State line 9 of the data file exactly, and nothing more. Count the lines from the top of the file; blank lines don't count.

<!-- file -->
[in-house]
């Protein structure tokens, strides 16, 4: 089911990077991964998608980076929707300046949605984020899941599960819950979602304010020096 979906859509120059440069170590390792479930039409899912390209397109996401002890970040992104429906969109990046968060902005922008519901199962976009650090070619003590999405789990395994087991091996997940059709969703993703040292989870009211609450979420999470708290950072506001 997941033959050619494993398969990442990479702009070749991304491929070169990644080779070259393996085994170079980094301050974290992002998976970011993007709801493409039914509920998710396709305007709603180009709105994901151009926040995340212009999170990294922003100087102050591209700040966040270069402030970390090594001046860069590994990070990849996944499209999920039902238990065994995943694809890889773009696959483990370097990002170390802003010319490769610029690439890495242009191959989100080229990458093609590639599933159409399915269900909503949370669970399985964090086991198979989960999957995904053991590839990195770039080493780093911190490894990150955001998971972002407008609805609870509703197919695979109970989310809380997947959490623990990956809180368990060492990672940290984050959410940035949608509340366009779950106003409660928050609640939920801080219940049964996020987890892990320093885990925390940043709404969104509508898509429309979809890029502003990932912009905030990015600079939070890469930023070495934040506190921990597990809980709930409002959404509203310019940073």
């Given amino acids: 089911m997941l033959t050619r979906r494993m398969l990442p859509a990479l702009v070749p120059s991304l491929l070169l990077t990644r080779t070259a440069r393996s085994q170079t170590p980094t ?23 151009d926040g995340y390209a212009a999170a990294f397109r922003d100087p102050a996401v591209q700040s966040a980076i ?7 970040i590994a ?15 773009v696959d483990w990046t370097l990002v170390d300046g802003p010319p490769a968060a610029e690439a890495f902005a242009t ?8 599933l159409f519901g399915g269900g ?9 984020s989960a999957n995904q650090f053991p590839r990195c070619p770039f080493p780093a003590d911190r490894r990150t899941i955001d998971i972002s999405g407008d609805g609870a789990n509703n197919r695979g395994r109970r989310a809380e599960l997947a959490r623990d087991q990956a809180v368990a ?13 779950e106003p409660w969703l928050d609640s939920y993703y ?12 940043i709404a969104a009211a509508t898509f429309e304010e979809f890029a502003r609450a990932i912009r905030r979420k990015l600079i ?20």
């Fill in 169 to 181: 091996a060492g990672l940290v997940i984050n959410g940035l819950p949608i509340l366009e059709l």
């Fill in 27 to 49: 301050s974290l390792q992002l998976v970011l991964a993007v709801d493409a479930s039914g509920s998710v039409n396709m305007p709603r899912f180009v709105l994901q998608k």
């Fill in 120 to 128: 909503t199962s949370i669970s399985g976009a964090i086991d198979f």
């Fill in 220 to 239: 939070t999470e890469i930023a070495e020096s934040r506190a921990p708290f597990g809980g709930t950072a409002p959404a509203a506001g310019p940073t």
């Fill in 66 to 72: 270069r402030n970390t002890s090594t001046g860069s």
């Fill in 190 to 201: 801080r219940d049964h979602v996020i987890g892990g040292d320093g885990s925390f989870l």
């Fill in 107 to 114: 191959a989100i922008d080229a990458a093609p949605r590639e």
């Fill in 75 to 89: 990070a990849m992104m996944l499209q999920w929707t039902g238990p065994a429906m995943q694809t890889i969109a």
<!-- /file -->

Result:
């Fill in 190 to 201: 801080r219940d049964h979602v996020i987890g892990g040292d320093g885990s925390f989870l």